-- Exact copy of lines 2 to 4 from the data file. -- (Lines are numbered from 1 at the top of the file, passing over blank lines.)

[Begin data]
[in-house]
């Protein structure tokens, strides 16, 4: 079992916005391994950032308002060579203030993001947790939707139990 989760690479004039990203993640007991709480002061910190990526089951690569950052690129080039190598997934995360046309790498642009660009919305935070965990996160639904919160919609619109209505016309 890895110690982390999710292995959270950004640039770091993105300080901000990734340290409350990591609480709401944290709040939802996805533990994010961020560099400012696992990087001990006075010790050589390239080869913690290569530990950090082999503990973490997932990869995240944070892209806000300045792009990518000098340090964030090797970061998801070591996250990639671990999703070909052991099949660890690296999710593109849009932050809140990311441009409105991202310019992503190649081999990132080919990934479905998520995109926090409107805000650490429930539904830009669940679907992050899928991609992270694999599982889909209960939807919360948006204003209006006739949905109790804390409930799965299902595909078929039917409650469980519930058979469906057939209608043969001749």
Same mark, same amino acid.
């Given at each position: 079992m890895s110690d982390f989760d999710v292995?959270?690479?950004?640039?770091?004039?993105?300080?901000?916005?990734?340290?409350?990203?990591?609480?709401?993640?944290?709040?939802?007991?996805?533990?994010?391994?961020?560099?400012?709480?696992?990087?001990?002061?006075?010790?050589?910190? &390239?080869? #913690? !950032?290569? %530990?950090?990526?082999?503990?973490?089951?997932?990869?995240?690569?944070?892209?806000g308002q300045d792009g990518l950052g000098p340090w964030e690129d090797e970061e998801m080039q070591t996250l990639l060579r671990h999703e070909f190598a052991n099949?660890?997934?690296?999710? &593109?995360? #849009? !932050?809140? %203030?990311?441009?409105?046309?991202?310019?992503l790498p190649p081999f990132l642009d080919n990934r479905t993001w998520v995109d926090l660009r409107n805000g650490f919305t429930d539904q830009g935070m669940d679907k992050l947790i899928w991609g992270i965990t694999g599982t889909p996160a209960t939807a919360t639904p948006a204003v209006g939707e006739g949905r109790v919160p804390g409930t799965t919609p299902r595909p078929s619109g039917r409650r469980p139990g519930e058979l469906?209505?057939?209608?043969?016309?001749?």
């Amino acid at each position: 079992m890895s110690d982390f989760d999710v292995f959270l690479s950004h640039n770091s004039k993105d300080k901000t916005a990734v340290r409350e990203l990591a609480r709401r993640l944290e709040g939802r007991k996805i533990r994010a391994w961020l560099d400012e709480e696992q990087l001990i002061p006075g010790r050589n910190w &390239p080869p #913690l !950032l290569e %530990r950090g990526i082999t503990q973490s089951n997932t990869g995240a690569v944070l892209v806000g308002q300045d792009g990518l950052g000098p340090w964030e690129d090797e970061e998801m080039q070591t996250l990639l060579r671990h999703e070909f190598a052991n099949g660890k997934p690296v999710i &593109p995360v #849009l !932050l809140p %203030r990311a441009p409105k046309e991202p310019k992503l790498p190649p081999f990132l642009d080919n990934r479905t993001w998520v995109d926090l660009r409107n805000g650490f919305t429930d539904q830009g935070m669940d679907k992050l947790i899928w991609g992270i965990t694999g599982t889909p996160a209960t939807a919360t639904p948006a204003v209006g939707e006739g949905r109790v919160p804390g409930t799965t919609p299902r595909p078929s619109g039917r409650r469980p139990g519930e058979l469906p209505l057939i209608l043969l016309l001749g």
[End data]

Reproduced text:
């Protein structure tokens, strides 16, 4: 079992916005391994950032308002060579203030993001947790939707139990 989760690479004039990203993640007991709480002061910190990526089951690569950052690129080039190598997934995360046309790498642009660009919305935070965990996160639904919160919609619109209505016309 890895110690982390999710292995959270950004640039770091993105300080901000990734340290409350990591609480709401944290709040939802996805533990994010961020560099400012696992990087001990006075010790050589390239080869913690290569530990950090082999503990973490997932990869995240944070892209806000300045792009990518000098340090964030090797970061998801070591996250990639671990999703070909052991099949660890690296999710593109849009932050809140990311441009409105991202310019992503190649081999990132080919990934479905998520995109926090409107805000650490429930539904830009669940679907992050899928991609992270694999599982889909209960939807919360948006204003209006006739949905109790804390409930799965299902595909078929039917409650469980519930058979469906057939209608043969001749």
Same mark, same amino acid.
């Given at each position: 079992m890895s110690d982390f989760d999710v292995?959270?690479?950004?640039?770091?004039?993105?300080?901000?916005?990734?340290?409350?990203?990591?609480?709401?993640?944290?709040?939802?007991?996805?533990?994010?391994?961020?560099?400012?709480?696992?990087?001990?002061?006075?010790?050589?910190? &390239?080869? #913690? !950032?290569? %530990?950090?990526?082999?503990?973490?089951?997932?990869?995240?690569?944070?892209?806000g308002q300045d792009g990518l950052g000098p340090w964030e690129d090797e970061e998801m080039q070591t996250l990639l060579r671990h999703e070909f190598a052991n099949?660890?997934?690296?999710? &593109?995360? #849009? !932050?809140? %203030?990311?441009?409105?046309?991202?310019?992503l790498p190649p081999f990132l642009d080919n990934r479905t993001w998520v995109d926090l660009r409107n805000g650490f919305t429930d539904q830009g935070m669940d679907k992050l947790i899928w991609g992270i965990t694999g599982t889909p996160a209960t939807a919360t639904p948006a204003v209006g939707e006739g949905r109790v919160p804390g409930t799965t919609p299902r595909p078929s619109g039917r409650r469980p139990g519930e058979l469906?209505?057939?209608?043969?016309?001749?």